During a periodic inspection of the institution made by officials of the state, the real reaons for the Pergrin family being in the poor house were brought to lifht. William made it clear to those officials that all his family wished to do was work and be allowed the same opportunities that others had. So, once again to the coal mines they went, even down to and including little Ben.

The family finally got reestablished and the initial persecution of the Saints subsided, making life a little less of a struggle. Meanwhile, a little girl named Elizabeth had been born on 13 January 1847 at Llangyfelach.10

The following year, on 30 December 1848 William baptized his son Joseph Mathew Perkins, who was confirmed on 4 January 1849 by Joseph Mathews, Elder of the Treboeth Branch.11

Ruth Perkins, 10th child of William and Jane, was born 7 May 1849 at Llangyfelach and was blessed later that year, on 1 November, by Elder Thomas Pugh. Hyrum, the 11th child, was born 18 February 1851 at Birch Grove, a small grouping of houses belonging to the jurisdiction of the hamlet of Llamsamlet. Hyrum was blessed on 10 March by Elder Joseph Mathews.12

The 1851 Census was taken on the night of 30 March 1851. The enumerators were to obtain the name, marital status, actual age, occupation and birthplace of each person in every household, and to state the relationship of each person to the head of the house. Thus, we find our Perkins family in the following entry.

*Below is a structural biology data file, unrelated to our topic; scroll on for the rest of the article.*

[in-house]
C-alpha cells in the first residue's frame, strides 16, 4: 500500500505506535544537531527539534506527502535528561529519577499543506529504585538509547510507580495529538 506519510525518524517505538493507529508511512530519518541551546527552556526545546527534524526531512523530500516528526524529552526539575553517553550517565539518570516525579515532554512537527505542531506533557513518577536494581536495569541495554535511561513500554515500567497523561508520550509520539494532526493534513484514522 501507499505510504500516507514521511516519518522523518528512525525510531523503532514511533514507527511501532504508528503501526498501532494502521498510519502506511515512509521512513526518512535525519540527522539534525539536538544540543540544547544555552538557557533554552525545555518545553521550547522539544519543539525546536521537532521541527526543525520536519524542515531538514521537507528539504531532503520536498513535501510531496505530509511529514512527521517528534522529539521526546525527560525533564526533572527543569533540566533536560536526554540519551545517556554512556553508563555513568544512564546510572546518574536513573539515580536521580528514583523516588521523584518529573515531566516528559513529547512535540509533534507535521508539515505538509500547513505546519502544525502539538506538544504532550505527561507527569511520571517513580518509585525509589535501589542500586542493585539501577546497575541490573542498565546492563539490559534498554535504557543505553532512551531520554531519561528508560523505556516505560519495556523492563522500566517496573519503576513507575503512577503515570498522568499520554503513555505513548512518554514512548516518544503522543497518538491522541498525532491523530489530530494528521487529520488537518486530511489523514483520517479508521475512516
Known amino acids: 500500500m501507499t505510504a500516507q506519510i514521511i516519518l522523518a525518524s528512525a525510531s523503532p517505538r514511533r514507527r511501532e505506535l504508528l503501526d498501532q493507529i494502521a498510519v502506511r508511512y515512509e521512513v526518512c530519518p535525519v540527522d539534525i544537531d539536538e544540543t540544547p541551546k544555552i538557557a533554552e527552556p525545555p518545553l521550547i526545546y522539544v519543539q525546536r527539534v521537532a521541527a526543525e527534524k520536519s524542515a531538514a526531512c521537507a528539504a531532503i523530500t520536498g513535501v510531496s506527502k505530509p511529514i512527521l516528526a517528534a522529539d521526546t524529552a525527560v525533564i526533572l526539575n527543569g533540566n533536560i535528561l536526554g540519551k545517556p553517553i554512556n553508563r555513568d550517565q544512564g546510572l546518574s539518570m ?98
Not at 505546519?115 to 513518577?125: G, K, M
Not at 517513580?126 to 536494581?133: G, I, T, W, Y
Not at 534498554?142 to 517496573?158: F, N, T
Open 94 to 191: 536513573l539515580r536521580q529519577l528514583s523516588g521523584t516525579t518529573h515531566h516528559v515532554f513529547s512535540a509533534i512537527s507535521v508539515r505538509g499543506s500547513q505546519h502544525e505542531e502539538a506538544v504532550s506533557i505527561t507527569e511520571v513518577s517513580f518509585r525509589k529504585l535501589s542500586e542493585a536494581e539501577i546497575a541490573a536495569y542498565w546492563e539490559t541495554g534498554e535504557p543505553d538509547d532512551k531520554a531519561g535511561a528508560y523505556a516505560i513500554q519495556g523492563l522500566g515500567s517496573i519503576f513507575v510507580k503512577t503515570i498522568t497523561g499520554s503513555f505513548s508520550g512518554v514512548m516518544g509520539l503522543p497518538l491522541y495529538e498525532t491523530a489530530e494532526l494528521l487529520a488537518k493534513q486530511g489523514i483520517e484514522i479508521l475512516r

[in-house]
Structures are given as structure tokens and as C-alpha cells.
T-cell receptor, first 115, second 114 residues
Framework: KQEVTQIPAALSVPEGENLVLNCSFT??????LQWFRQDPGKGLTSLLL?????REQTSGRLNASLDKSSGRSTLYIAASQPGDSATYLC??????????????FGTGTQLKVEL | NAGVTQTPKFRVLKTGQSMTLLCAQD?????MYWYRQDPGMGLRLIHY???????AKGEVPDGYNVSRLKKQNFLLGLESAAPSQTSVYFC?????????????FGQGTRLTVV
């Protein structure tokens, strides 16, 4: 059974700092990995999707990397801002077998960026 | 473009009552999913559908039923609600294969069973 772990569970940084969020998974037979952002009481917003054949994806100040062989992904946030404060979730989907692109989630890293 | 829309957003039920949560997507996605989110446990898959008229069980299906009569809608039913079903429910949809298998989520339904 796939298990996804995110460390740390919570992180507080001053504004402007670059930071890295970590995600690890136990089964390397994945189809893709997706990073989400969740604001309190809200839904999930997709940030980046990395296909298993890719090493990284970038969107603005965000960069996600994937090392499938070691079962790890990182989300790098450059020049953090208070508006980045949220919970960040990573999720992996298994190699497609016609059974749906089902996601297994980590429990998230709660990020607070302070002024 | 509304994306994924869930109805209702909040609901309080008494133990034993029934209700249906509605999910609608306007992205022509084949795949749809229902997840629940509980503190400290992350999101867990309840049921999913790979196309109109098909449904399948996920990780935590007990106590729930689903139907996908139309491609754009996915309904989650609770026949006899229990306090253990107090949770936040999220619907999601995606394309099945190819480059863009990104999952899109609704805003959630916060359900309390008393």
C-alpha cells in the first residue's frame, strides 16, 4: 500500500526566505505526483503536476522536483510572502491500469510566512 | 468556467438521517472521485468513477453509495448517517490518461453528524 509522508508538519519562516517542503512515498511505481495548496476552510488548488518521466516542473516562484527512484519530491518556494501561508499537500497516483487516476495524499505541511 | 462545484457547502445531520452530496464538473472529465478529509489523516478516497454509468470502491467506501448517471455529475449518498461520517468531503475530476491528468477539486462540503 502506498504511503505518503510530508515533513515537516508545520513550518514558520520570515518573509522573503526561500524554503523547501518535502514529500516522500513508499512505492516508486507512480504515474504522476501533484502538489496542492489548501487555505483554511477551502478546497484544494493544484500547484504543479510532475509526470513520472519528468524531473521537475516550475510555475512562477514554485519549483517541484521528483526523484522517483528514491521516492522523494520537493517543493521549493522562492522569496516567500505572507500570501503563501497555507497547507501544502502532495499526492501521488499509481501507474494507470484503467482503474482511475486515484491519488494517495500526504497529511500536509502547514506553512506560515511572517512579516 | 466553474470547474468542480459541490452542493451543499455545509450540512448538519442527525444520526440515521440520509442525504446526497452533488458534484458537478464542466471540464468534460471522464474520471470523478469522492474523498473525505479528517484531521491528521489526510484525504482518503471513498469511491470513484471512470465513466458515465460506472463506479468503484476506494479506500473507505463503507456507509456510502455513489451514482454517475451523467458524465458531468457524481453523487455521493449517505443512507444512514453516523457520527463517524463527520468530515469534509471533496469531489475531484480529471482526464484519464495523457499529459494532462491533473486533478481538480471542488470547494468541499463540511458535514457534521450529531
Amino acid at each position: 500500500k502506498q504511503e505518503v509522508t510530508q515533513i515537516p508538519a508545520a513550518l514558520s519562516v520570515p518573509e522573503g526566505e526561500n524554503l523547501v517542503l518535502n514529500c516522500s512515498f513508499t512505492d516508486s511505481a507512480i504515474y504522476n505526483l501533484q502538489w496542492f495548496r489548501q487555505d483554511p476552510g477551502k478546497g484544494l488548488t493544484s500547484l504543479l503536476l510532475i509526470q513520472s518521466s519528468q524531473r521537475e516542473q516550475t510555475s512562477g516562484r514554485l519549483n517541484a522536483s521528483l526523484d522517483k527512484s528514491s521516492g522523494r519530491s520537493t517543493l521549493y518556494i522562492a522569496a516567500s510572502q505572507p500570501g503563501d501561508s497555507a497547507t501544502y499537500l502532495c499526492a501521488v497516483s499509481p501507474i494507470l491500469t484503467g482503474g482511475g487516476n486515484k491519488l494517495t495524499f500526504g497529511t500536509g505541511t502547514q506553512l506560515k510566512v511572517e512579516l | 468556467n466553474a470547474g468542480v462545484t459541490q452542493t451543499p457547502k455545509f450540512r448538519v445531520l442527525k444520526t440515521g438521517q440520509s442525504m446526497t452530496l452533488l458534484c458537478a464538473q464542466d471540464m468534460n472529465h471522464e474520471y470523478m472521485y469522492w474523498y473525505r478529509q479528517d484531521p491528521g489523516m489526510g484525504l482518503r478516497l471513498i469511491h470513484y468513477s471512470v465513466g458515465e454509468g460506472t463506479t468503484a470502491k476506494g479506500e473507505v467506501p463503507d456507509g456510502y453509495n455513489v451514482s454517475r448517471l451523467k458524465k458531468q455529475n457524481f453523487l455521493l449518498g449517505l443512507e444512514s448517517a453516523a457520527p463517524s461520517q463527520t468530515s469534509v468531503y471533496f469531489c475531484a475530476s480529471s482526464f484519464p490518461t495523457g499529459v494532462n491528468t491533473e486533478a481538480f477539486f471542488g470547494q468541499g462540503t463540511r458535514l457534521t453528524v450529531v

The area in which they were living is described in the census as “All that part of the Hamlet of Llansamlet Higher which lies to the North of the old turnpike road from Lon Las Bridge to the Star Public House and from thence East and North of the Road by the Church to Glaesh Bridge to Letty Mean by Glanbrane to Gelly deg and from thence back to Lon Las Bridge.”

It should be noted that this entry certainly agrees with all of the foregoing information included as from tradition. It should also be pointed out that even though William’s father’s family had already changed their surname from Pergrin to Perkins, William had not yet done so.

The family is give as follows:13

William Pergreen Head  md    age 45 Collier b.Swansea 
Jane       "     wife  md        39           Llangyfelach 
Thomas     "     son   unmd      17           " 
John       "     son   unmd      16           St. John 
Mary       "     dau             13           " 
Joseph     "     son   unmd      11           " 
Ann        "     dau              9           " 
Benjamin   "     son              8           Llangyfelach 
Elizabeth  "     dau              5           " 
Ruth       "     dau              3           " 
Hiram      "     son              1 mo.       Lansamlet

The remainder of the children were born at the home in Birch Grove in the hamlet of Llansamlet as follows:14

Naomi born 31 July 1852 
Martha born 26 Feb 1854 
Daniel born 30 Apr 1857

Besides these 14 children, William and Jane also adopted Daniel Morgan who was born 15 March 1866 at Capcoch in Llansamlet.15 Daniel was the son of Daniel Morgan and Daniel Morgan and Ann Perkins.16